“American Fiction” has found a category in which it may continue to triumph.

Back in September, Cord Jefferson’s film won the Audience Award at the Toronto International Film Festival, often a Best Picture precursor. But while “Oppenheimer” has continued its awards-season roll, Jefferson’s very funny and very serious film about race and family won its third screenwriting prize on Sunday at the Spirit Awards. He’s now taken that category at the Critics Choice Awards, BAFTAs and the Spirits, and he’s got another good chance to do it this weekend at the USC Libraries Scripter Awards (against “Oppenheimer,” no less).  

In the last decade, the Oscar Best Picture winner has typically also won a screenplay award. But “American Fiction” may well have found a category in which it can keep winning.

It’s a good thing a new season for TV eligibility is coming soon.

“Succession.” “The Bear.” “Beef.” Rinse, repeat.

Those three programs won a total of 11 awards over the weekend, triumphing in all but two of the categories where they were eligible and continuing a crazy streak that began in January. Essentially, “Succession” has won almost all the TV drama awards, “The Bear” has won all the comedy awards and “Beef” has won all the limited series awards.

Are they great shows? Of course. Is all this “Succession”/”Bear”/”Beef” stuff at every awards show getting tiring? Yep.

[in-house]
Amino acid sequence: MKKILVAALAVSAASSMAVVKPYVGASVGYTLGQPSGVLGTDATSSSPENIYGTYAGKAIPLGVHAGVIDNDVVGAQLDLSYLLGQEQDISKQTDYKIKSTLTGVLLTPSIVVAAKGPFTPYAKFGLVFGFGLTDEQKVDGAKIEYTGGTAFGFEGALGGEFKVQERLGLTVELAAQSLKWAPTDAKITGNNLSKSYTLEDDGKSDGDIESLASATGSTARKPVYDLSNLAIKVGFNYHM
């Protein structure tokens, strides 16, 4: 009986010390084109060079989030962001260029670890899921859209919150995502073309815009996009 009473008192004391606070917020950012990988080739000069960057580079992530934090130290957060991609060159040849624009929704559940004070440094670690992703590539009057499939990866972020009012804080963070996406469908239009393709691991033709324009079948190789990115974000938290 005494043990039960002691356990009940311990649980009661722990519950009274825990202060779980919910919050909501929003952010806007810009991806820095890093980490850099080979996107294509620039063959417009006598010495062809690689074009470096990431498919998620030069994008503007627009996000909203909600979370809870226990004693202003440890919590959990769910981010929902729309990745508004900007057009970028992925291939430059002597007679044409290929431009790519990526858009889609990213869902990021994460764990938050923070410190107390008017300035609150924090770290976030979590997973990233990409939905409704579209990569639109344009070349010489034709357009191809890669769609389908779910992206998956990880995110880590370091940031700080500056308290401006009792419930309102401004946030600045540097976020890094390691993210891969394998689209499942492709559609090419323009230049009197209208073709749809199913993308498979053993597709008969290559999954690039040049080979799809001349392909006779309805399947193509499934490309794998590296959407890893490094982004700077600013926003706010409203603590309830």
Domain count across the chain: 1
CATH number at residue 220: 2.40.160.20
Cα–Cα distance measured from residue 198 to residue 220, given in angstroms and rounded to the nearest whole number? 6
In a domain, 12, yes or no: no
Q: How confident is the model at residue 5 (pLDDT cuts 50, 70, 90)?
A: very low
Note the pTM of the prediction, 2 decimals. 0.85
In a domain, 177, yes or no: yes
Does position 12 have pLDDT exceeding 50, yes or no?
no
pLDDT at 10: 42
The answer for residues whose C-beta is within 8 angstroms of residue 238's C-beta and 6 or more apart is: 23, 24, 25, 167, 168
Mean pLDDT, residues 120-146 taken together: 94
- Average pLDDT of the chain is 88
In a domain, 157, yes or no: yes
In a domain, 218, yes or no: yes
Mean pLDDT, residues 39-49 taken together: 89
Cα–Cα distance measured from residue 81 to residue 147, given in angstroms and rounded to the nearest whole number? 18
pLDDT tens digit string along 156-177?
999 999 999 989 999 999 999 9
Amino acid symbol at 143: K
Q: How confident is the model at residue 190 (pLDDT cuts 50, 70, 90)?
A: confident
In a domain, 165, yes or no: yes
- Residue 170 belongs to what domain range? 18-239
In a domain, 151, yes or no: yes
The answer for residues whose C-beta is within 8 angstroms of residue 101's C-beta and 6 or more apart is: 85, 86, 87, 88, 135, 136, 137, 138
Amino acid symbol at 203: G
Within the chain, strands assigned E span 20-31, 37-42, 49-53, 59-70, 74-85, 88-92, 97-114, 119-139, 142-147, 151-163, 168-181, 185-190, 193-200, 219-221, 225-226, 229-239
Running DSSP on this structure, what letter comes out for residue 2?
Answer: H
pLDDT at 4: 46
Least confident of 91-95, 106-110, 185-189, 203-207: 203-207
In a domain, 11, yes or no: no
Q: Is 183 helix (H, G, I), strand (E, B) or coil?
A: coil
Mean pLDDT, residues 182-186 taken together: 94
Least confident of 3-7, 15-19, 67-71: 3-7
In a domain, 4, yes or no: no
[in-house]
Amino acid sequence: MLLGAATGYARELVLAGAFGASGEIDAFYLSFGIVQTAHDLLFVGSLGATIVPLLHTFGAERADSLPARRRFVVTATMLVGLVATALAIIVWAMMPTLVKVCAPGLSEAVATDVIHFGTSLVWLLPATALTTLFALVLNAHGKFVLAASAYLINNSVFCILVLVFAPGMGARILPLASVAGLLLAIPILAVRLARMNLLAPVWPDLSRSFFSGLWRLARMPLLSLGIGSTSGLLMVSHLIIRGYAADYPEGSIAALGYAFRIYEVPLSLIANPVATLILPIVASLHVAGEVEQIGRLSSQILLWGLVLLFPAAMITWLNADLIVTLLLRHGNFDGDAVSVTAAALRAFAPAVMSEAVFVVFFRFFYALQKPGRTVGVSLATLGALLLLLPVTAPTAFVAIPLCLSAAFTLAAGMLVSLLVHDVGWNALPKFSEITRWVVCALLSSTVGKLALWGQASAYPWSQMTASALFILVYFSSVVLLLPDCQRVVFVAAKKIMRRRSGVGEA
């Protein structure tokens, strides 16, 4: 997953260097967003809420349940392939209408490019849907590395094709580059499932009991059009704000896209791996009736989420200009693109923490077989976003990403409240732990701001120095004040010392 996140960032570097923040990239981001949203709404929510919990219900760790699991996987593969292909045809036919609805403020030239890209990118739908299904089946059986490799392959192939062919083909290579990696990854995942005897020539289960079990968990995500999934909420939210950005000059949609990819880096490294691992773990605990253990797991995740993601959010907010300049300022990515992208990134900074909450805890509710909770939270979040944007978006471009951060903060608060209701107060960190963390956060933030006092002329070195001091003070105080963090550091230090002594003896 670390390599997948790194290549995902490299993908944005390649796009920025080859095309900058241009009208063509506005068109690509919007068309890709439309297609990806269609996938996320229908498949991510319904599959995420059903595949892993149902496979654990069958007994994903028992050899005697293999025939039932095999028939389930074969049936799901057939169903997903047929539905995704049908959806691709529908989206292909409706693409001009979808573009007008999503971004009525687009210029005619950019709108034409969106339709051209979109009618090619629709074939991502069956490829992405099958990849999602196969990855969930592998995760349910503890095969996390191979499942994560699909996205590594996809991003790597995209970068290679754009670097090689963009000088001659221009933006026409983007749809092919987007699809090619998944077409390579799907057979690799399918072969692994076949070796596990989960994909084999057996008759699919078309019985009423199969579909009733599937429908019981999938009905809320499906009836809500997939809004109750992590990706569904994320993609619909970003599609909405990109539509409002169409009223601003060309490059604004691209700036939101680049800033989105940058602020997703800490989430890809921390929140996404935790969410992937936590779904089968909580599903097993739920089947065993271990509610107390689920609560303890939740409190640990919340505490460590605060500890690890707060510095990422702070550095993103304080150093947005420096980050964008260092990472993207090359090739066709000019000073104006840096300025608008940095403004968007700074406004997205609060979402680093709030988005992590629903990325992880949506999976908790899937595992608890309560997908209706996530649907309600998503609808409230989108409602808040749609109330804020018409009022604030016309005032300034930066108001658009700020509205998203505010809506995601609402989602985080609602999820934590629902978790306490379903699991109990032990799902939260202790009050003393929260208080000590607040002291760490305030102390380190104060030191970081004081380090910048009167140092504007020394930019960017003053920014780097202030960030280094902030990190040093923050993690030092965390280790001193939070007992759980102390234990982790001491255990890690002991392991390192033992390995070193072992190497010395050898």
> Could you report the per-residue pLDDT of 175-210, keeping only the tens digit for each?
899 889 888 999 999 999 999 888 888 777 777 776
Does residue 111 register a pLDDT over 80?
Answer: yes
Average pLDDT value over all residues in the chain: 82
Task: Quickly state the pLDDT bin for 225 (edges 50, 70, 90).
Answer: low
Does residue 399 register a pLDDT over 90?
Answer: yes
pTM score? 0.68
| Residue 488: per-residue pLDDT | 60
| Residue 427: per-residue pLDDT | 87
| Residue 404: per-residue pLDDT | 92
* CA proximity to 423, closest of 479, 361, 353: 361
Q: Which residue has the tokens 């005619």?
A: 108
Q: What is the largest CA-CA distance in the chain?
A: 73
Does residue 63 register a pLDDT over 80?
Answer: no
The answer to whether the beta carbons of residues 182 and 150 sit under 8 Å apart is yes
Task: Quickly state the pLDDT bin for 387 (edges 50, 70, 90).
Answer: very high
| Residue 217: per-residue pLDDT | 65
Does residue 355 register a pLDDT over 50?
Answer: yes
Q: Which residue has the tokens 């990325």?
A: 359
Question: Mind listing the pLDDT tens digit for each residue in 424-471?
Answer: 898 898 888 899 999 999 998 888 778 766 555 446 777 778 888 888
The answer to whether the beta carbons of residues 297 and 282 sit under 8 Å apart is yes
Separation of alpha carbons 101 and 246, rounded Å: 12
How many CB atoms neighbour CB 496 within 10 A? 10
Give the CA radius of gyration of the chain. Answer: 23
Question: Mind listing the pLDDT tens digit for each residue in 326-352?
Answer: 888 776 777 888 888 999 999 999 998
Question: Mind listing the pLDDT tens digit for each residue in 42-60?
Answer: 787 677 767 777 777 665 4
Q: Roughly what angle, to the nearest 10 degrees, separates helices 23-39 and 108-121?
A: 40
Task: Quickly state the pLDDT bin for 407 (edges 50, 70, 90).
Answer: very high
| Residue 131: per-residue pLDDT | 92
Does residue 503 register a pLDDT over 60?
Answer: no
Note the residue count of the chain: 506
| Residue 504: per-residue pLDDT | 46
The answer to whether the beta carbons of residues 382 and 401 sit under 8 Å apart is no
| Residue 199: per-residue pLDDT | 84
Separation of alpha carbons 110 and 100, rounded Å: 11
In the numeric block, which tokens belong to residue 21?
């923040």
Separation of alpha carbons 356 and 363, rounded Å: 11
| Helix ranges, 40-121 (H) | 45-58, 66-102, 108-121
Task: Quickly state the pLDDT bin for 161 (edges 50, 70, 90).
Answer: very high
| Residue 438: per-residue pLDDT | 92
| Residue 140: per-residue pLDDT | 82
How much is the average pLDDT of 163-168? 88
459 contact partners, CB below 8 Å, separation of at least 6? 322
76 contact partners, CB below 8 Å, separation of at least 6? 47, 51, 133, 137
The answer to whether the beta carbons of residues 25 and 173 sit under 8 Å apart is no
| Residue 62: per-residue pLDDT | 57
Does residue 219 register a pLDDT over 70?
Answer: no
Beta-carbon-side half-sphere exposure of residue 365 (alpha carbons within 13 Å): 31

But at the SAG Awards, “Succession” actor Alan Ruck described the show’s ensemble award as its “last hurrah” — and as the 2023 awards season winds down and the 2024 one begins with this year’s Emmys (as opposed to last year’s Emmys, which got delayed until this year), it may come as a relief to find that “Succession” and “Beef” will no longer be eligible.

“The Bear” will be, though, at least at the Emmys. We’re not done with that one yet.   

Kenneth Branagh has a very formidable beard.

This has nothing to do with the awards race, except that Branagh appeared at the SAG Awards and the PGA on behalf of “Oppenheimer” and showed off some new facial hair that’s every bit the equal of his Hercule Poirot mustache.

Its exact purpose, be it professional or recreational, has yet to be revealed. But wow.